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COP26: creating net zero energy communities

A unique project at the Trent Basin Housing Development in Nottingham makes the future of fully-fledged community energy bubbles a promising reality, says Dr Eldar Naghiyev.

Nearly 40% of global energy related CO2 emissions stem from the use or construction of buildings. Unsurprising, given the amount of time we spend in them; particularly during pandemics.

In addition, the electrical infrastructure connecting our buildings is changing. Solar panels, heat pumps and electric cars are becoming more ubiquitous, and need to be integrated into our aging electricity network, if we want to meet our net zero ambition by 2050.

Instead of tackling these challenges one house at a time, the innovative Trent Basin housing development in Nottingham, UK, is demonstrating how to solve them simultaneously for whole neighbourhood ‘energy bubbles’, using three key principles.

Reduce electricity consumption

The first principle is: ‘reduce, reduce, reduce’.

By setting, encouraging and enforcing high building standards, the tool we call building can be made as efficient as possible. At Trent Basin, the first two completed phases comprise 76 properties with the ‘fabric-first’ approach, which ensures that energy is not lost through the building fabric or that it can be freely harnessed by letting the sun shine through well orientated windows.

By informing and empowering occupants, the handling of the ‘building-tool’ can be optimised further. At Trent Basin, residents have access to a range of data, from their individual power circuits via their smart heating to their communal SCADA system, which can all be interfaced via a smart speaker. The data is also made accessible via individualised energy reports, which enable little friendly competitions, either with oneself or the neighbours – if they choose to reveal their anonymised usage to each other. In addition to saving one household £20 a month on their electricity bill, this setup fosters the creation of a community spirit, which led to a community library, community recycling hub and community assault course being setup.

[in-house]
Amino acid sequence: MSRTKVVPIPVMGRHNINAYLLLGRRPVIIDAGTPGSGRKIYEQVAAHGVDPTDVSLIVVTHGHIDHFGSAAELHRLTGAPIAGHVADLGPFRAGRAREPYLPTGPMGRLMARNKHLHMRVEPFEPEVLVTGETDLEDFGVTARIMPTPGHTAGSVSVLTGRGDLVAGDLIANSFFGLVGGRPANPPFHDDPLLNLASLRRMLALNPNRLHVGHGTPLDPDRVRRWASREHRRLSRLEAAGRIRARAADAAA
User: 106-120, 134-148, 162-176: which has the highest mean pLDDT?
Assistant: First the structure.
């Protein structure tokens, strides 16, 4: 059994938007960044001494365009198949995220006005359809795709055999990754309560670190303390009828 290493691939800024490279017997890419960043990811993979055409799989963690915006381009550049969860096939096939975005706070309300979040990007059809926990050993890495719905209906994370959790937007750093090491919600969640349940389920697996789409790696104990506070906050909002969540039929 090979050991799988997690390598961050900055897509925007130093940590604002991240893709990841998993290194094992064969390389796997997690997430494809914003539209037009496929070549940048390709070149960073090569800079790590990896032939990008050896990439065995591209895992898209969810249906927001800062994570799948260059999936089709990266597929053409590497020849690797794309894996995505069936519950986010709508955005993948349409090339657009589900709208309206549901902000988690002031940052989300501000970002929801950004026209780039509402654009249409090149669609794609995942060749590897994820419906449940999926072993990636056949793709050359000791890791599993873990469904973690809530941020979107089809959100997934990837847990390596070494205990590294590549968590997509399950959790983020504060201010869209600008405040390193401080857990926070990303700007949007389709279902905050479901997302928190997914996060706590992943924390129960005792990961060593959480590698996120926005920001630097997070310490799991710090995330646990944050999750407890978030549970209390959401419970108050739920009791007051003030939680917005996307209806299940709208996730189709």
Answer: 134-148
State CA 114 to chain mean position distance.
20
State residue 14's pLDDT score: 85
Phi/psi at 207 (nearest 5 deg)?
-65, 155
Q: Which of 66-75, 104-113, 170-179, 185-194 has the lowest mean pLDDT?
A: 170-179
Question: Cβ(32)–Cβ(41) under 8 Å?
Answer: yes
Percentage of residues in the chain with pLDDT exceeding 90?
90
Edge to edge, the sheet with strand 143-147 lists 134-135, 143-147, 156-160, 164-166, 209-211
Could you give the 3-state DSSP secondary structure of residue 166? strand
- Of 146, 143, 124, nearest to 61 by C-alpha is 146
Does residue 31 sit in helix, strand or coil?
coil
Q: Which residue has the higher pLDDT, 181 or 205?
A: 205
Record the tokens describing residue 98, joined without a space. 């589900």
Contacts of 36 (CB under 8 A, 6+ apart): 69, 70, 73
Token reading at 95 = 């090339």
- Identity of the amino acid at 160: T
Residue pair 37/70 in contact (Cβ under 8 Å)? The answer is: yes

Reuse locally generated electricity

The second principle is: ‘generate energy locally and use it locally’.

Electricity is like any other commodity. Transporting it and processing it adds inefficiencies. So, the less we do that, and the more we can generate locally, the more efficient the overall system.

At Trent Basin, community owned solar panels, battery storage and enabling infrastructure were installed at the construction stage, keeping the capital costs low. In an incentive-free world, this can make or break a business model. It also shifts renewables from the opt-in to the opt-out choice, making it accessible to those who may not be akin to building projects.

Providing shared access to this locally generated electricity, or storing it for use during peak times, also makes the community more resilient to network issues, which we have been warned about.

Reunite electricity markets and end users

The third principle is: ‘be flexible’.

Electricity has a very short shelf-life. It needs to be consumed as it is being generated. In economics, the price of a commodity is determined by its supply and demand. Yet, electricity is sold at a relatively fixed price to end users.

At Trent Basin, we are working with innovative suppliers, who are starting to offer time-based pricing, which can change up to every 30 minutes. The Trent Basin ESCO (Energy Service Company) has secured an Ofgem derogation – a supervised relaxation of the rules – which allows it to combine utility bills with so called ‘behind-the-meter’ bills, i.e. where the ESCO sells solar electricity directly to customers; bypassing the grid meter. As the ESCO is setup similarly to a Cooperative, the revenues flow back into the community, making community energy schemes even more enticing to customers and democratising the energy system one community at a time.

Trent Basin has demonstrated how to come together as a local community and make a change. Now, as a global community, we need to follow suit; because buildings don’t use energy, people do. So, let’s energy-bubble our households, our communities, our country, and strive to live in a net zero environment – ideally before 2050.

"Trent Basin has demonstrated how to come together as a local community and make a change. Now, as a global community, we need to follow suit; because buildings don’t use energy, people do."
Dr Eldar Naghiyev

Dr Eldar Naghiyev

Dr Eldar Naghiyev is a Research Fellow at the Faculty of Engineering and is contributing to the Active Building Centre Research Programme’s work at the Trent Basin demonstrator site.

Further reading

COP26: the greatest challenge of our time

Renata et al., 2021. Assessing the impact of lockdown due to COVID-19 on the electricity consumption of a housing development in the UK. International Conference on Sustainability in Energy and Buildings SEB-21.

Lucelia Rodrigues et al., 2020. User engagement in community energy schemes: A case study at the Trent Basin in Nottingham, UK. Sustainable Cities and Society.

Rob Shipman and Mark Gillott, 2019. SCENe things: IoT-based monitoring of a community energy scheme. Future Cities and Environment.

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